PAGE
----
Corps gets new digs in Binghamton

by Robert Mitchell

The Salvation Army in Binghamton, N.Y., is finally moving its corps out of a cramped downtown space and into a residential area of the city.

Captain Joseph Hansen said a two-story brick building for the new corps has been purchased about a quarter mile away. An architect is drawing up plans for the building’s renovation, and the congregation hopes to be in the new structure early next year.

Hansen said the current 13,000-square-foot, two-story building is dated and “no longer suits our program needs and the neighborhood.” The corps was dedicated in 1905 and remodeled in 1959, and many of the mechanical systems are difficult to maintain.

The downtown location also sits along a commercial strip on a narrow street with little parking. The area is seeing an influx of posh restaurants, Hansen said, but no children for youth programs like SONday’s Cool, Girl Guards, and Boys Adventure.

“In the new facility, we’ll be able to expand our spiritual programming and children’s programs,” he said. “Kids programming has been a challenge. We just can’t get kids to come to the corps, so we’re going to move closer to where there are neighborhoods. We’re hoping that by being in a neighborhood they will be more willing to come to the corps and participate in those programs.”

Like many communities in upstate New York, Binghamton also struggles economically and is home to several “food deserts,” where people have no access to fresh foods. Several grocery stores have closed in recent years on the city’s north side, and Hansen called food insecurity “one of the largest problems in our area.”

“Studies have shown this to be one of the more impoverished neighborhoods in the city so we’re looking forward to being able to bring our services and programs to that community,” he said. “We understand there is a spiritual need in the community, and we think it will go a long way being near them rather than asking them to come to a downtown area.”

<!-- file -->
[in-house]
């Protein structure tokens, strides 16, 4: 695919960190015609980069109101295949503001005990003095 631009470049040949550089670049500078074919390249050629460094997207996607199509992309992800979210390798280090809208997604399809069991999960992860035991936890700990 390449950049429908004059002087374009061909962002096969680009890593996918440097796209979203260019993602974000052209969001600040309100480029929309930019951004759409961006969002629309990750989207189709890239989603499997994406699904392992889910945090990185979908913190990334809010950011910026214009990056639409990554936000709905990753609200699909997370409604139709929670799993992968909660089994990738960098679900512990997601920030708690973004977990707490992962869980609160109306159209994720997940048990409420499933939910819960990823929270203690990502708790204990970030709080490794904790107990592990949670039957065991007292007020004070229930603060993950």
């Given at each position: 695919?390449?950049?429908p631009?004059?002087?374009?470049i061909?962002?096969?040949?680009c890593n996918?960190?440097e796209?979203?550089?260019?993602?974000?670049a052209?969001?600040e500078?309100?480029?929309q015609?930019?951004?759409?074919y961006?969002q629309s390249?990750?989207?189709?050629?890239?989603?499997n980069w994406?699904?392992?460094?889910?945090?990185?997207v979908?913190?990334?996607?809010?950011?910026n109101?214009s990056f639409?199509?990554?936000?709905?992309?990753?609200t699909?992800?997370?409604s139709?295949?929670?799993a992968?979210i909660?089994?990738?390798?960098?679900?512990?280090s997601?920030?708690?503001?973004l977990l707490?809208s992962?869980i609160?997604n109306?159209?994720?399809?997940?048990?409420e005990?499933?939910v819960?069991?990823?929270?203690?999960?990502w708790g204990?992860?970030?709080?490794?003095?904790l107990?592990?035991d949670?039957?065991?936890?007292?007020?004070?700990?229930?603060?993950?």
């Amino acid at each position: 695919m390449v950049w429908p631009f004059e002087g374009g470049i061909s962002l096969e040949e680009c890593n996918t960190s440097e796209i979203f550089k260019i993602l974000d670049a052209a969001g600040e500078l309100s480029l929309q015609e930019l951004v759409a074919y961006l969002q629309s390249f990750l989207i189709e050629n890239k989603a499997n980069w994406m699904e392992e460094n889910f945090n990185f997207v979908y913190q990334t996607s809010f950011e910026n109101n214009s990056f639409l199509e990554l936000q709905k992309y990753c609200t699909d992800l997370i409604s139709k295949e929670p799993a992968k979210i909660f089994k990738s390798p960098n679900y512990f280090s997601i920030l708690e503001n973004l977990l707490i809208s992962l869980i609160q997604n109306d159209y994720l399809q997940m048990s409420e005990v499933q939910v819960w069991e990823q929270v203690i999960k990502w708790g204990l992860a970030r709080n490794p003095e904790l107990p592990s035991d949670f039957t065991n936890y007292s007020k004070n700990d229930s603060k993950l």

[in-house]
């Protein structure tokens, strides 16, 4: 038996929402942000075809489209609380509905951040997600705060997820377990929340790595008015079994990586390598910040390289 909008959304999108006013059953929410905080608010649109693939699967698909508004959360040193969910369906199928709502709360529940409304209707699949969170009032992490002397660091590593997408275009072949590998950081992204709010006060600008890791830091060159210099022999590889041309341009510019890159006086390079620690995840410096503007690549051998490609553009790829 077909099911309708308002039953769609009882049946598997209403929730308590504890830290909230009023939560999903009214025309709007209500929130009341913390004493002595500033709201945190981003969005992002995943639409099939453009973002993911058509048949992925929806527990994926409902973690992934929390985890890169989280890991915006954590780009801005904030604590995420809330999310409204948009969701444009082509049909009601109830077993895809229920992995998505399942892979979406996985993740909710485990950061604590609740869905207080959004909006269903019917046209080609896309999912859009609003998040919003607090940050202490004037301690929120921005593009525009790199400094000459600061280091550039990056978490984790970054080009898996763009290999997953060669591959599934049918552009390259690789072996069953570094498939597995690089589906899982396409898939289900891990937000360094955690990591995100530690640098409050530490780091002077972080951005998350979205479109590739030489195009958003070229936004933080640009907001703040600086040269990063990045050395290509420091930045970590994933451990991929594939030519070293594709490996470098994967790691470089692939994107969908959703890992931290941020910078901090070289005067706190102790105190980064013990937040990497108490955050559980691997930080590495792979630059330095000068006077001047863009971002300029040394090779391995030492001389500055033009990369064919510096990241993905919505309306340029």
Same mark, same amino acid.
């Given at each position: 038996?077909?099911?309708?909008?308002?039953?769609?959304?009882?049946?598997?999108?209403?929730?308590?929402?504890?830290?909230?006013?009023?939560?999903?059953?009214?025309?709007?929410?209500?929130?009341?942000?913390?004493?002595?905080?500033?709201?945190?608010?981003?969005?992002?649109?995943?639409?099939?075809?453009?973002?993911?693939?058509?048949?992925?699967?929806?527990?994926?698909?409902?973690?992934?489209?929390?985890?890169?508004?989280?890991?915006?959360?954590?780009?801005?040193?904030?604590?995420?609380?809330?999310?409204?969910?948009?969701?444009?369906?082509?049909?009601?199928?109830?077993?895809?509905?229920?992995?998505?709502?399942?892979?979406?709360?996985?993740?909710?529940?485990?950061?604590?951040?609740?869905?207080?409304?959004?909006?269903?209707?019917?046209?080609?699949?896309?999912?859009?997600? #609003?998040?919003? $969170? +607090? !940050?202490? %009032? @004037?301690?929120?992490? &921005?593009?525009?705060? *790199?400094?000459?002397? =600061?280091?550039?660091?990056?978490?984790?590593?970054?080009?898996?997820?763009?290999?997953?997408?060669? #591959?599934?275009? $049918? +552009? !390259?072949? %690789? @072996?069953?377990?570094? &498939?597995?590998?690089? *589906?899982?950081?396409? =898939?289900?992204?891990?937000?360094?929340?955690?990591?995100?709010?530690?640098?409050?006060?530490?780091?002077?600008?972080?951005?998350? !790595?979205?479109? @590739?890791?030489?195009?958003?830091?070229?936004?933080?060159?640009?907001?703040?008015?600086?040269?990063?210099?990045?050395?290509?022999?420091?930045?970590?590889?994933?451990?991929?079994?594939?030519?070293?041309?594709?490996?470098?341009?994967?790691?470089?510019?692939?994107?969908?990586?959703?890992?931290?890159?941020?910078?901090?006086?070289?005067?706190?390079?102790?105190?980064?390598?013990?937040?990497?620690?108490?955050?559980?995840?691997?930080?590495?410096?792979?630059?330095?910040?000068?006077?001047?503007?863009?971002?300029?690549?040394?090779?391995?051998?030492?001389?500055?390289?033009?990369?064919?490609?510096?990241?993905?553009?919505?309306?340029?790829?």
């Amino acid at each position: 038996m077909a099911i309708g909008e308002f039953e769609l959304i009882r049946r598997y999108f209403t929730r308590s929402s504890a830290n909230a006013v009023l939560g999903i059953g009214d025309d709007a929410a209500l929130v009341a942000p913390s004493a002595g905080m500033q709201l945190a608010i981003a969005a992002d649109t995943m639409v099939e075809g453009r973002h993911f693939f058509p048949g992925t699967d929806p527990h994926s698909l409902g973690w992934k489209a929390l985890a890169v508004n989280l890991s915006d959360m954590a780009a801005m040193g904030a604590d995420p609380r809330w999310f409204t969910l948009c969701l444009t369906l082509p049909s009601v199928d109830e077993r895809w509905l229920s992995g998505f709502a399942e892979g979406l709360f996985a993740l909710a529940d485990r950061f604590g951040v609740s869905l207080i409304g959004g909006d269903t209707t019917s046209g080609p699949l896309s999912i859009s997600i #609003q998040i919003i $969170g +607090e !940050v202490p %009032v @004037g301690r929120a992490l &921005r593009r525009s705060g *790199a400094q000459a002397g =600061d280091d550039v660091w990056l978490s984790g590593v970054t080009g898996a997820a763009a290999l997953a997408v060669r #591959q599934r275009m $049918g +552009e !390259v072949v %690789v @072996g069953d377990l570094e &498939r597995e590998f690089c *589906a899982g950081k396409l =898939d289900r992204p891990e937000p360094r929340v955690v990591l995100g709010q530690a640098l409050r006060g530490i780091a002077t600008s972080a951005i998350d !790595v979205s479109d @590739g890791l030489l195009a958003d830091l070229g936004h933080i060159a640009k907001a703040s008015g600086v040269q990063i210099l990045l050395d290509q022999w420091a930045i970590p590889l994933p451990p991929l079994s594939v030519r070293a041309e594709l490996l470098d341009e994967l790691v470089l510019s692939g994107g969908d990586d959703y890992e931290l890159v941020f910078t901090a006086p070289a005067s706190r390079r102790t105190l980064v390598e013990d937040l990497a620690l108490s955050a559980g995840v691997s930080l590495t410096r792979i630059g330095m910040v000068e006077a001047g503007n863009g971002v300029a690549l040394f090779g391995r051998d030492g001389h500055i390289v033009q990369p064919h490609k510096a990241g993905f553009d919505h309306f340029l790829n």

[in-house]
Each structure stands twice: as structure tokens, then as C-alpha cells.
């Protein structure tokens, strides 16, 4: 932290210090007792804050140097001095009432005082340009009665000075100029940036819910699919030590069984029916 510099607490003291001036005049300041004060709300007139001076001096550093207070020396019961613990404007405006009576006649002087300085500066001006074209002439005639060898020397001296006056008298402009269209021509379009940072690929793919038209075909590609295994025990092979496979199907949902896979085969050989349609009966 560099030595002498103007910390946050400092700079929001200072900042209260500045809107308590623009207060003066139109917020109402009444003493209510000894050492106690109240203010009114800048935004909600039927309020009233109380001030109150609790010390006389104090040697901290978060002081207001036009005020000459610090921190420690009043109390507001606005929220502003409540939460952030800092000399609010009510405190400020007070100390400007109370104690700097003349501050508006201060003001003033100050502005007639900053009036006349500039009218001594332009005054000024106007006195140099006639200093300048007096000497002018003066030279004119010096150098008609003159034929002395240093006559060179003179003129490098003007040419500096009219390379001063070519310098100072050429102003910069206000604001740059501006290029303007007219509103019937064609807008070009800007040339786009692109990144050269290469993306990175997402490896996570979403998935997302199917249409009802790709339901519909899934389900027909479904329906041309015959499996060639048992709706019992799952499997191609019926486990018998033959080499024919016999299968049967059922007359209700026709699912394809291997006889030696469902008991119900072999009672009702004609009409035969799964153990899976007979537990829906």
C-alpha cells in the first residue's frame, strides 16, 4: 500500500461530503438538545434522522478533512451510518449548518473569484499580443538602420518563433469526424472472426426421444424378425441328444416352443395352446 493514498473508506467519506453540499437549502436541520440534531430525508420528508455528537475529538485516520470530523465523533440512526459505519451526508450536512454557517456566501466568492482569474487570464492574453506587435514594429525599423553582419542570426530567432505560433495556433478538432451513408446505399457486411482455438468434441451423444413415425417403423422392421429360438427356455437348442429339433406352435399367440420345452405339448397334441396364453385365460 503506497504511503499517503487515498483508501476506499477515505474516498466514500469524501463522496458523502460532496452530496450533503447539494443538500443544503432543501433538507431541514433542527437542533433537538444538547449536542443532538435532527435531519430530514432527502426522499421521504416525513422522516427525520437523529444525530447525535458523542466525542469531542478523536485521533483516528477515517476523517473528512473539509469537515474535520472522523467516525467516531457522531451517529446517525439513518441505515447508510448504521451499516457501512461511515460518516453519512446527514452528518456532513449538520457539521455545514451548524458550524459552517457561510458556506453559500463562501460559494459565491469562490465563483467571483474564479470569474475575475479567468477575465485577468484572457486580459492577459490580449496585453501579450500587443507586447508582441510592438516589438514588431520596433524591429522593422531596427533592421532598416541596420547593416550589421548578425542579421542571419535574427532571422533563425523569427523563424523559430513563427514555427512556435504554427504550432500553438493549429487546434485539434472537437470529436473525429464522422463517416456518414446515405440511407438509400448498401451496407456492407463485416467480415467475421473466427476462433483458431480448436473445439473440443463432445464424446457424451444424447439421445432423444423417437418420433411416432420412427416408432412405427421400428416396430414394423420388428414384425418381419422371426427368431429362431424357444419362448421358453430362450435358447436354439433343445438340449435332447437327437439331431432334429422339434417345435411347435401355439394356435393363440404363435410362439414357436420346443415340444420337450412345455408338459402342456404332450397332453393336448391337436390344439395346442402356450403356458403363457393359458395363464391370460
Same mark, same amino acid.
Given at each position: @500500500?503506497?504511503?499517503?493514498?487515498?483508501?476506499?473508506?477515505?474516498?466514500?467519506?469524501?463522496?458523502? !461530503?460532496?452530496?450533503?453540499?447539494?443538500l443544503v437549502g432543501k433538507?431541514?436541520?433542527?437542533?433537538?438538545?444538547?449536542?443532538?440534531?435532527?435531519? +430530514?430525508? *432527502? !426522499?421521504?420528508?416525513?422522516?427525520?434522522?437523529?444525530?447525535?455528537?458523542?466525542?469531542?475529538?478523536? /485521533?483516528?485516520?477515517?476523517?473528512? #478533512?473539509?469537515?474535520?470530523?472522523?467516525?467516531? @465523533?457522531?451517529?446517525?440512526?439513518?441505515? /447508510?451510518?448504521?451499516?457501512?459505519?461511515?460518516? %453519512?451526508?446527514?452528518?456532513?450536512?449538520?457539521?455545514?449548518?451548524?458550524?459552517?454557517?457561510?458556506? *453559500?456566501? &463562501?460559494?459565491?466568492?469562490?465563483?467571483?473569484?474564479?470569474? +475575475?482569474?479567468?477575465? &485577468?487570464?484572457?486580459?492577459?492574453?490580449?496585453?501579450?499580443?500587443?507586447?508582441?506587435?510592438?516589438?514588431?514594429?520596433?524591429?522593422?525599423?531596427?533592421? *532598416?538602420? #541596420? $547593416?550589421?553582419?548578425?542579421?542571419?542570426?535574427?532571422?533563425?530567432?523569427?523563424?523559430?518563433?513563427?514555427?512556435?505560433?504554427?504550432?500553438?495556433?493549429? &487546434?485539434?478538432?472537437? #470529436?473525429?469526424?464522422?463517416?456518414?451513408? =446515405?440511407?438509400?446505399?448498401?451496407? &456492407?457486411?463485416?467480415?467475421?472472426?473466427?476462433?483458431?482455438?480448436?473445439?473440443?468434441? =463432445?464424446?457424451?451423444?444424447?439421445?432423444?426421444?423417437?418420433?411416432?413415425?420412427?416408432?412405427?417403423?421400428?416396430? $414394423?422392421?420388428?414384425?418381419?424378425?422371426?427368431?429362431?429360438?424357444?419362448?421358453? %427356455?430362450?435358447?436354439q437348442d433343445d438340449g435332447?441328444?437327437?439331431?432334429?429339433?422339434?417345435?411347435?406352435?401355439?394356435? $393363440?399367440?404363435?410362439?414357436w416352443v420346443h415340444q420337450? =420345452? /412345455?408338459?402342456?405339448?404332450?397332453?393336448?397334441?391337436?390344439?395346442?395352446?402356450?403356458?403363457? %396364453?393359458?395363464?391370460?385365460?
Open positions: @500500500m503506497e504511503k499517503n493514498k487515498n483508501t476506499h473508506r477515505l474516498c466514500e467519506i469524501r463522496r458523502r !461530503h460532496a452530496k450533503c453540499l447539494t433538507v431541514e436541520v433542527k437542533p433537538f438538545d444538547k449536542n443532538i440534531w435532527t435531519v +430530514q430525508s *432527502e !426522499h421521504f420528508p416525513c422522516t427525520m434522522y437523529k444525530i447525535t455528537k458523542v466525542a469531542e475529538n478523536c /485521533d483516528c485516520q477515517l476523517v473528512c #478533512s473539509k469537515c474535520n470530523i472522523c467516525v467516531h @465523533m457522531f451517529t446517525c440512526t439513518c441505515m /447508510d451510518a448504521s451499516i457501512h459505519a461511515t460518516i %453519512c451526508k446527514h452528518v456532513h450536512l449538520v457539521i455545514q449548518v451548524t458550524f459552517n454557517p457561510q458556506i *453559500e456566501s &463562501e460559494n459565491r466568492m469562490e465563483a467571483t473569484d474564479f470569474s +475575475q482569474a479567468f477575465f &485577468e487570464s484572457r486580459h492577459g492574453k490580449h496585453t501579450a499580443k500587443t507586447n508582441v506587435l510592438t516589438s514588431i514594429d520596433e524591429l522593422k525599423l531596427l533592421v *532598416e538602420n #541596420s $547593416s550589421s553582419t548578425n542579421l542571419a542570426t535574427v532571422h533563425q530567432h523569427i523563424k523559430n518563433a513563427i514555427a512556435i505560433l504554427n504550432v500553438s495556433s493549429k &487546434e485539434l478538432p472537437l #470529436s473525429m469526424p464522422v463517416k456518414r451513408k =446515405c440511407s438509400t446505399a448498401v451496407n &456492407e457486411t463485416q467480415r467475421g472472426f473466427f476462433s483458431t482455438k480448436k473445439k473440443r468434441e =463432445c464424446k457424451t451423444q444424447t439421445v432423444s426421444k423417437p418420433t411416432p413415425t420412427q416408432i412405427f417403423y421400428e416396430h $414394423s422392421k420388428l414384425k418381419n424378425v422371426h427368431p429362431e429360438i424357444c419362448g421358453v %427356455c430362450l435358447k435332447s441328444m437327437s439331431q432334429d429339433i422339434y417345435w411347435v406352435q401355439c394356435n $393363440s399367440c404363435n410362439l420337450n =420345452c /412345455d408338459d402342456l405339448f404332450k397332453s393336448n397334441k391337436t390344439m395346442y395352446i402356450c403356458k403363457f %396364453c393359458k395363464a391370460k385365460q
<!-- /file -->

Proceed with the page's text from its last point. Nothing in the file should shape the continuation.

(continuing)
The latest stats from the U.S. Census Bureau show 31.4% of the population in the Binghamton City School District live in poverty. That figure rises to 41% for children under 18.

Hansen said the corps will offer a food pantry and soup kitchen—as it does now—once a commercial kitchen is finished in the new building. The Salvation Army’s soup kitchen is the only one in the city open seven days a week.

“We’re just really excited about being able to bring our services closer to some people who actually need it,” he said. “We’re looking forward to getting those spiritual programs going, especially for the kids, and making sure we’re meeting both physical and spiritual needs in that area.”

Several plans have been on the drawing board over the years to move the corps out of the downtown area, but Salvation Army leaders are excited this initiative will get the job done.

“This is God’s plan for Binghamton,” said Sarah Miller-Locke, director of advancement for The Salvation Army’s Empire State Division, which includes Binghamton.